Demon Beast Invasion: Revival - Mania.com



DVD Review

Mania Grade: C-

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Info:

  • Audio Rating: B+
  • Video Rating: C
  • Packaging Rating: C
  • Menus Rating: B-
  • Extras Rating: N/A
  • Age Rating: 18 and Up
  • Region: 1 - North America
  • Released By: Critical Mass Video
  • MSRP: 24.99
  • Running time: 90
  • Aspect Ratio: 1.33:1
  • Disc Resolution: 480i/p
  • Disc Encoding: MPEG-2
  • Series: Demon Beast Invasion

Demon Beast Invasion: Revival

Demon Beast Invasion: Revival DVD Review

By Chris Beveridge     January 20, 2010
Release Date: January 05, 2010


Demon Beast Invasion: Revival
© Critical Mass Video

The only successful crossbreed of man and demon builds up its oedipal complex even more this time around.

What They Say
Kayo's demonic offspring lives and plots a diabolical family reunion with its otherworldly brethren! The Interplanetary Observation Agency dispatches a trio of beautiful female warriors to slay the invaders. But they're way out of their league, and the demon beasts will have their revenge - and a little lecherous fun! Contains episodes 3 and 4!

The Review!
Audio:
Demon Beast Invasion retains the original audio tracks found on the Anime 18 release which were always amusing as they were two stereo mixes encoded at 448kbps, which was most likely an accidental setting. Having less compression is a good thing but these two tracks don’t make out any better for it unlike some other series might. Demon Beast Invasion is a fairly straightforward stereo show in that it’s entirely center channel based to give it a full feeling. That serves the material well with a clean sound and nothing to note with directionality but it lets the dialogue flow well and there aren’t any noticeable problems with dropouts, hiss or distortions.

Video:
Originally released in 1992, the transfer for the two OVA episodes here are presented in their original full frame aspect ratio. The transfer is identical to the Anime 18 release from 2000 so there isn’t any improvements to be found from more recent compression technologies or potentially better source materials. Not that Demon Beast Invasion was ever going to be a great looking title as it has a slight budget approach to it with its animation, but the rendering here is decent all things considered outside of the noise and some of the blocking to be found in the darker blues of the night time sequences. In general it makes out better than some releases from this time period as there isn’t any seriously noticeable cross coloration and line noise is pretty minimal as well. Colors generally hold up well and there aren’t any serious flaws to be found with it.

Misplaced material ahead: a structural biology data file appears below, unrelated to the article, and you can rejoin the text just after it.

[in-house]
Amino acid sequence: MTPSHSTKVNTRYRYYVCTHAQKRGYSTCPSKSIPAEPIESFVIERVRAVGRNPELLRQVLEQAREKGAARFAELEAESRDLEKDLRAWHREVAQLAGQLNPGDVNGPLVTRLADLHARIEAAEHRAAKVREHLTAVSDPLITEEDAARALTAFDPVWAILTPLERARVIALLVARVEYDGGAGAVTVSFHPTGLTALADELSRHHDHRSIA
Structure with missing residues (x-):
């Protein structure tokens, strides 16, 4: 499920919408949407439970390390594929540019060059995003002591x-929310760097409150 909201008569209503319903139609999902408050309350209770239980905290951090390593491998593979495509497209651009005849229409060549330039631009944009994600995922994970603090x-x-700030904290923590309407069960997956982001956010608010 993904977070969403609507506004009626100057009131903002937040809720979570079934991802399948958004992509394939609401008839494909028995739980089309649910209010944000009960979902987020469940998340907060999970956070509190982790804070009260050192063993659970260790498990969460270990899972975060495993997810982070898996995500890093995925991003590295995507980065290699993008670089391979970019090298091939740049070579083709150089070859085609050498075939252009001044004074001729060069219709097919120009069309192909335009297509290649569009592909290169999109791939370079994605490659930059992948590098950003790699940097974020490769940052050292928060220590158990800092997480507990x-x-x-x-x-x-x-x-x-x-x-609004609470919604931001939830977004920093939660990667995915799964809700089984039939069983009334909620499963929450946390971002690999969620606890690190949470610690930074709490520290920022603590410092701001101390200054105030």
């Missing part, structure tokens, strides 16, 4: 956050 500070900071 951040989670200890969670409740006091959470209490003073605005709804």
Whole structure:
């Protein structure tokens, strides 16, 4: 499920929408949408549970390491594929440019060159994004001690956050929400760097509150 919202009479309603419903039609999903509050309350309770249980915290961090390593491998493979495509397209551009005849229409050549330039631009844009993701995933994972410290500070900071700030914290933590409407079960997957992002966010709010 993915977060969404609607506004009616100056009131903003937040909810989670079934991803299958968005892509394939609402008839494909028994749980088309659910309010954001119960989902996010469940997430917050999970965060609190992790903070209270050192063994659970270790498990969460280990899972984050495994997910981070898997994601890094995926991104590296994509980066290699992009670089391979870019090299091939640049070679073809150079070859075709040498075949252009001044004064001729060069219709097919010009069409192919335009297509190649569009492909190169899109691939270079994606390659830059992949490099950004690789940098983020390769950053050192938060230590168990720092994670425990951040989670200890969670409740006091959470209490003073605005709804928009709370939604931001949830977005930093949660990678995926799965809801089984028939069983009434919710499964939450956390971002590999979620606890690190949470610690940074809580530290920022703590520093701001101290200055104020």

Packaging:
The packaging for this release differs from past releases and it’s not exactly a good thing as this particular design is very murky and unappealing. The main piece is of Kayo, her clothes being torn from her as the demon's tentacles wrap around her, is a good one but with it being made from cel animation it's very soft and almost blurry in places. This is an old title with limited materials more than likely so the soft look of the characters isn’t a problem, but the combination of it with the background and the black case doesn't work well to make it feel even a little contemporary. The back cover keeps it simple with the black background used there, though the stars only show along the bottom. The top half has some associated credits and a decent summary of the premise before it shows off a few shots from the show and of one of the big demons. The technical grid is solid and the production credits cover the basics. No show related inserts are included nor is there a reversible cover.

Menu:
The main menu uses the same kind of star filled background to give it a bigger sense of self while the foreground piece has a good group shot of several of the characters from the series, albeit with their clothing at different stages of undress. The navigation layout is standard for Anime 18 at the time which was to have a lot of choices as well as auto-starting the show if you don’t select anything within a short enough window of time. The layout works well enough for navigation and is generally problem free, though it felt like it was lagging once or twice in moving from menu to menu. Like other Anime 18 releases from this early release period of DVD history, the disc did not read our players’ language presets.

Extras:
None, outside of a brief pointless Meet the Characters segment and the anime artform piece which really isn't an extra.

Content: (please note that content portions of a review may contain spoilers)